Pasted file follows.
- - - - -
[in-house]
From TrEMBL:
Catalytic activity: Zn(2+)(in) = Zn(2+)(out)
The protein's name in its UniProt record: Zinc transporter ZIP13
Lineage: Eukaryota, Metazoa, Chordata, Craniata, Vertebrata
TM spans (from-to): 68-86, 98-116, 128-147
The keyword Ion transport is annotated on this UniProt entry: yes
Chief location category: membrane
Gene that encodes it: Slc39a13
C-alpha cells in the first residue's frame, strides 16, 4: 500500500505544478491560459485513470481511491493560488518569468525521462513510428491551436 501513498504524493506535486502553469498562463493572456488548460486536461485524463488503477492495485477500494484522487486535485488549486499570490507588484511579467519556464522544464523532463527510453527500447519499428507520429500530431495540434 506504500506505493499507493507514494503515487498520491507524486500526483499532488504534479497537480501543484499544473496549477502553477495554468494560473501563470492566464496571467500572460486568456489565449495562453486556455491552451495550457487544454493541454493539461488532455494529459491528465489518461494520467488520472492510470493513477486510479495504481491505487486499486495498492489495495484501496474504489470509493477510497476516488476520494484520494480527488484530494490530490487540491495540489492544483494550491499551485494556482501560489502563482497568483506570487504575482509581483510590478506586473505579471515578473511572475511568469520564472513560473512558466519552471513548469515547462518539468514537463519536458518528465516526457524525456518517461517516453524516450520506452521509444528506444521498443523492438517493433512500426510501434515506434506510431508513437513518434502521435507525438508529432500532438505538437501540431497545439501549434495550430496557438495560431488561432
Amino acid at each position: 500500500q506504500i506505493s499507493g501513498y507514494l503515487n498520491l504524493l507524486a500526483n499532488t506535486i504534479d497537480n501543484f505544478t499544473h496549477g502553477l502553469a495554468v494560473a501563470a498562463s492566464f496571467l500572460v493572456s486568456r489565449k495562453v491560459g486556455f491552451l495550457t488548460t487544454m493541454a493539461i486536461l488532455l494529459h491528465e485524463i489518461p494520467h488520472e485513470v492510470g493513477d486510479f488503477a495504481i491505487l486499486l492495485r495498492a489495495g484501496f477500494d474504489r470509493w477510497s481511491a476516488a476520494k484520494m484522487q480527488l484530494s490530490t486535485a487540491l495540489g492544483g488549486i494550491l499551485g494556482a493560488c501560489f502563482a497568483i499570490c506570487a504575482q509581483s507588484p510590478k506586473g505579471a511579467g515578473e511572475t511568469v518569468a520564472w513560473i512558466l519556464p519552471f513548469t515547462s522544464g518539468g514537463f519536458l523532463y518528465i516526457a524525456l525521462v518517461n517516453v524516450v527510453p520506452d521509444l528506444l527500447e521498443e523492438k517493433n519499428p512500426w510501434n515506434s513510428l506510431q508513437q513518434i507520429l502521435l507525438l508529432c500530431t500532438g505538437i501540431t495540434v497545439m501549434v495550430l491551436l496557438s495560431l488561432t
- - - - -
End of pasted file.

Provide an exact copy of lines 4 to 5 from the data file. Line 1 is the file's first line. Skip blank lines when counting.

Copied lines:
The protein's name in its UniProt record: Zinc transporter ZIP13
Lineage: Eukaryota, Metazoa, Chordata, Craniata, Vertebrata